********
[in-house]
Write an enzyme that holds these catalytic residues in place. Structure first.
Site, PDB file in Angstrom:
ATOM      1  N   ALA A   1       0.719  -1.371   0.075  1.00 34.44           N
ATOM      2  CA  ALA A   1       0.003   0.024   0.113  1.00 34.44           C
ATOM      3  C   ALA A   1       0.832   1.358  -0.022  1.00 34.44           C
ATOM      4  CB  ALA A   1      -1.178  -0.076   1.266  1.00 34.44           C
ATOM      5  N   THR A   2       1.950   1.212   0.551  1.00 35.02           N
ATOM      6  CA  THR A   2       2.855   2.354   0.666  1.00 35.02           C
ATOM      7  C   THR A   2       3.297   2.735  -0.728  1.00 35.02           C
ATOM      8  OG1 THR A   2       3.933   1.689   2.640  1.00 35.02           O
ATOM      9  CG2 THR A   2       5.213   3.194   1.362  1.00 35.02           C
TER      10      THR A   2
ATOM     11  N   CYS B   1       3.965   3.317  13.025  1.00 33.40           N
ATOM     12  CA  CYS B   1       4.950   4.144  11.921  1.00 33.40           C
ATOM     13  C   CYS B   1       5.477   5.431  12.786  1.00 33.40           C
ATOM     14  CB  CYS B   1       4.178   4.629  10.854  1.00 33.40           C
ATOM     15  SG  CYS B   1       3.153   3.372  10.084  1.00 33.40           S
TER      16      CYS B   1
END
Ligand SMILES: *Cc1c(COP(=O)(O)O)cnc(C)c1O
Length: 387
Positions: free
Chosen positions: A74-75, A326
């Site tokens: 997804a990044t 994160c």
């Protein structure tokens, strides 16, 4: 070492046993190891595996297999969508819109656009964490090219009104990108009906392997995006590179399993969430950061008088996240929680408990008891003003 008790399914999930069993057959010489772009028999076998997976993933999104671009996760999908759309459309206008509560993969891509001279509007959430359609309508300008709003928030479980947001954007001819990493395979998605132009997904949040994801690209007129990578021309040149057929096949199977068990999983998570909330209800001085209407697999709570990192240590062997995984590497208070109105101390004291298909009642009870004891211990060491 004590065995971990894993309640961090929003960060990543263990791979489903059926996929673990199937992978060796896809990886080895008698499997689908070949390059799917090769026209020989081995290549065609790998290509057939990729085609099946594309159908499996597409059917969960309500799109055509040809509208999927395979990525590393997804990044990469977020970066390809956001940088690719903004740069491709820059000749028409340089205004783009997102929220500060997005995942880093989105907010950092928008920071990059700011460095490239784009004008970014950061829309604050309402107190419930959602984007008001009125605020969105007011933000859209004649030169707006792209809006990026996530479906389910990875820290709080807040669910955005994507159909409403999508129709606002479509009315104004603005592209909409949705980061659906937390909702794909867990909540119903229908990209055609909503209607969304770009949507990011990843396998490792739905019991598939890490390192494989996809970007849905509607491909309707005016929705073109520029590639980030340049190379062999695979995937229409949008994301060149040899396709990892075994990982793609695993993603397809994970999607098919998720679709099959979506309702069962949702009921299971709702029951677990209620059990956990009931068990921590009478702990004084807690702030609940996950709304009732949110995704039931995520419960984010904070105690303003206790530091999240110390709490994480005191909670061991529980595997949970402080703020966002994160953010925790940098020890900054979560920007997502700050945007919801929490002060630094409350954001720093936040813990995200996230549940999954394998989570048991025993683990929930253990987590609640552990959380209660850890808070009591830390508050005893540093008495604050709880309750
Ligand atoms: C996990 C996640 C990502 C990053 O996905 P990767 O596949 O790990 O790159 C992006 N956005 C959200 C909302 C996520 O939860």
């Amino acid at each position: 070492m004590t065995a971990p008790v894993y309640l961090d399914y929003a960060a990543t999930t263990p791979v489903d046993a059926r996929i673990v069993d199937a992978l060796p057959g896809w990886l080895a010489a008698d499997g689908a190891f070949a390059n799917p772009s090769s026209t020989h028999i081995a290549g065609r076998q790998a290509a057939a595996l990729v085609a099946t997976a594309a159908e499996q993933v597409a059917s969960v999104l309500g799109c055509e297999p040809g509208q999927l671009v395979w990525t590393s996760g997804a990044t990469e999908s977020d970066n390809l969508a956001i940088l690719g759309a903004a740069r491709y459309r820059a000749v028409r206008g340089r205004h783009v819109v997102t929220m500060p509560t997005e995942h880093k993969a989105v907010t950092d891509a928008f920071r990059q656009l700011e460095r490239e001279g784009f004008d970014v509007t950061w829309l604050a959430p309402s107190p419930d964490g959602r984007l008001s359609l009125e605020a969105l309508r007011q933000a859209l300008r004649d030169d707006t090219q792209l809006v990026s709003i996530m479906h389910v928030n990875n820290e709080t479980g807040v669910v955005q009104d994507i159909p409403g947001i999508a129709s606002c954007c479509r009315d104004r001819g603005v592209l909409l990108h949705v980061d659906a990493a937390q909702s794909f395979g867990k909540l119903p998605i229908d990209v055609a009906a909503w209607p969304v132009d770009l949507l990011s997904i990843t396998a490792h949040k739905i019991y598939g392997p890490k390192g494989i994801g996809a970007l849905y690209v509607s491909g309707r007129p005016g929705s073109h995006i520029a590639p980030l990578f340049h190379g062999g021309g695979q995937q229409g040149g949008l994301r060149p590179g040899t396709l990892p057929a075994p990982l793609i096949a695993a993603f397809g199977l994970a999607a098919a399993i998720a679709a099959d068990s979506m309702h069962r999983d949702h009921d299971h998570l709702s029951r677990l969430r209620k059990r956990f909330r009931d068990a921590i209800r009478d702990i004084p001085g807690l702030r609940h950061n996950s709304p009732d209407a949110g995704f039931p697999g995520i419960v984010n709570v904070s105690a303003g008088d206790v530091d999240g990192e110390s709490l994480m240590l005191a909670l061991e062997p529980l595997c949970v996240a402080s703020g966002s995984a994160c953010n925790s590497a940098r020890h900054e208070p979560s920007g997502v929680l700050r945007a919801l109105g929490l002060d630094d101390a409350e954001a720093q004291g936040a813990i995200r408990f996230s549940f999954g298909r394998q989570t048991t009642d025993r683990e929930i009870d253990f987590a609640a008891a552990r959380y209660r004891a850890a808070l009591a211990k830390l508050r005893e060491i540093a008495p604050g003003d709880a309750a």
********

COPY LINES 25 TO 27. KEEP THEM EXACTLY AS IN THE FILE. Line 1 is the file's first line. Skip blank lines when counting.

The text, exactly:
């Site tokens: 997804a990044t 994160c």
């Protein structure tokens, strides 16, 4: 070492046993190891595996297999969508819109656009964490090219009104990108009906392997995006590179399993969430950061008088996240929680408990008891003003 008790399914999930069993057959010489772009028999076998997976993933999104671009996760999908759309459309206008509560993969891509001279509007959430359609309508300008709003928030479980947001954007001819990493395979998605132009997904949040994801690209007129990578021309040149057929096949199977068990999983998570909330209800001085209407697999709570990192240590062997995984590497208070109105101390004291298909009642009870004891211990060491 004590065995971990894993309640961090929003960060990543263990791979489903059926996929673990199937992978060796896809990886080895008698499997689908070949390059799917090769026209020989081995290549065609790998290509057939990729085609099946594309159908499996597409059917969960309500799109055509040809509208999927395979990525590393997804990044990469977020970066390809956001940088690719903004740069491709820059000749028409340089205004783009997102929220500060997005995942880093989105907010950092928008920071990059700011460095490239784009004008970014950061829309604050309402107190419930959602984007008001009125605020969105007011933000859209004649030169707006792209809006990026996530479906389910990875820290709080807040669910955005994507159909409403999508129709606002479509009315104004603005592209909409949705980061659906937390909702794909867990909540119903229908990209055609909503209607969304770009949507990011990843396998490792739905019991598939890490390192494989996809970007849905509607491909309707005016929705073109520029590639980030340049190379062999695979995937229409949008994301060149040899396709990892075994990982793609695993993603397809994970999607098919998720679709099959979506309702069962949702009921299971709702029951677990209620059990956990009931068990921590009478702990004084807690702030609940996950709304009732949110995704039931995520419960984010904070105690303003206790530091999240110390709490994480005191909670061991529980595997949970402080703020966002994160953010925790940098020890900054979560920007997502700050945007919801929490002060630094409350954001720093936040813990995200996230549940999954394998989570048991025993683990929930253990987590609640552990959380209660850890808070009591830390508050005893540093008495604050709880309750
Ligand atoms: C996990 C996640 C990502 C990053 O996905 P990767 O596949 O790990 O790159 C992006 N956005 C959200 C909302 C996520 O939860």